Splicing together instead of recycling: "Skiver Line" for corrugated base paper

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New system converts edge rolls into standard-width rolls

Narrow edge rolls of the type that are normally left over when corrugated base paper is cut are normally recycled. A newly developed system from Erhardt+Leimer called "Skiver Line" now offers paper manufacturers the chance to glue these edge rolls together to form full rolls with the required width.

The machine unwinds the two edge rolls that are to be joined together, keeping them parallel while it does this. It grinds a chamfer into the upper inner edge of one of the paper webs and into the lower inner edge of the other, before then gluing them precisely together to form a full-width web. Because a chamfered profile is created on the two edges of the webs before they are glued together, there is no increase in thickness at the joint. The system glues together edge rolls with a width of 500 to 1400 mm into webs with a maximum width of 2800 mm. Here, different widths of edge roll with different diameters can be combined. The process has no influence on the overall strength of the end product, e.g. the corrugated cardboard.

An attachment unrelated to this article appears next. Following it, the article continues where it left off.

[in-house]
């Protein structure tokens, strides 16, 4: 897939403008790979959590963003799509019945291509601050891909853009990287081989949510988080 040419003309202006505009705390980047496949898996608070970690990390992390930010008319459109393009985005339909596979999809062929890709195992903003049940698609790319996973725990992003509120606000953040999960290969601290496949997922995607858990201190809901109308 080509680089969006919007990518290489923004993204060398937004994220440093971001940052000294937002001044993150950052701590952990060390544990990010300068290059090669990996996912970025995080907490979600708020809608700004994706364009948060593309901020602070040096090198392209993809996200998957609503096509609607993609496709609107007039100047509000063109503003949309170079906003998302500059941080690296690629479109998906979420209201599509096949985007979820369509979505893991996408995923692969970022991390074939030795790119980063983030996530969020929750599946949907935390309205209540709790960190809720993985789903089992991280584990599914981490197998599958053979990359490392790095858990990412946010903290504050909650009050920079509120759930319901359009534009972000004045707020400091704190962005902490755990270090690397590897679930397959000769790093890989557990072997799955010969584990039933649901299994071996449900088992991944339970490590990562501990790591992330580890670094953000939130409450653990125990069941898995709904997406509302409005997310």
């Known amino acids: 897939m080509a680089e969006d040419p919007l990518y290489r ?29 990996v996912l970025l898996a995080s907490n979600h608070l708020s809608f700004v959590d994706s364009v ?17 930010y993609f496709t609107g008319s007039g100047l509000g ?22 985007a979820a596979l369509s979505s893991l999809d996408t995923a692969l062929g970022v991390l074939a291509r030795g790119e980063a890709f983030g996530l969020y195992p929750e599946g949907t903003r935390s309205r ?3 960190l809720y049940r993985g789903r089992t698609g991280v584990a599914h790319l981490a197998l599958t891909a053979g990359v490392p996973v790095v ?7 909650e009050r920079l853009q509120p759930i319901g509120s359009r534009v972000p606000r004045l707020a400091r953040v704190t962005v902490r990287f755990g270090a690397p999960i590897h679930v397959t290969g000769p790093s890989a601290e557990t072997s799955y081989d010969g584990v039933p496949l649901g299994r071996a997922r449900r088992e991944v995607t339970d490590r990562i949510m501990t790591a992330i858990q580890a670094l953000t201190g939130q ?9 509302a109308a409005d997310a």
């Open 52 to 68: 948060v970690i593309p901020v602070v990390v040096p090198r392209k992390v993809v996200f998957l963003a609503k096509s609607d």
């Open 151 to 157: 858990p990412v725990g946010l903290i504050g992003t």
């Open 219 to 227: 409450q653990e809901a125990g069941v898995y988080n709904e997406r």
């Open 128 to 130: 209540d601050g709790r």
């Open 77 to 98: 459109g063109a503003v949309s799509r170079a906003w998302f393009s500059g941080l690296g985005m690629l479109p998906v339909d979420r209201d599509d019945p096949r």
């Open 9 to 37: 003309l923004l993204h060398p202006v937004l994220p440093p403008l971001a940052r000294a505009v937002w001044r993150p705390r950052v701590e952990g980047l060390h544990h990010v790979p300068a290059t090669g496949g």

Only two people are required to operate the system. They need to place the edge rolls in the two unwinders, monitor the grinding and gluing process, and unload the finished rolls from the surface winder. The Skiver Line system is designed for 24-hour production with only minimal requirements for maintenance downtime.
Different options are available for the system. For example, on request the Skiver Line can be equipped with a slitter that trims the joined web on both sides to the required width. Further options include a web cleaning system, cameras for process monitoring, and the possibility to integrate a coating unit provided by the customer.
By converting excess edge rolls into standard, full-width paper rolls, the Skiver Line enables savings to be made in terms of recycling costs, and allows value to be created that will allow the system to pay for itself in around two years. The return on investment calculation is based on 3-shift operation running 5 days a week and 45 weeks in the year.

Source: Erhardt+Leimer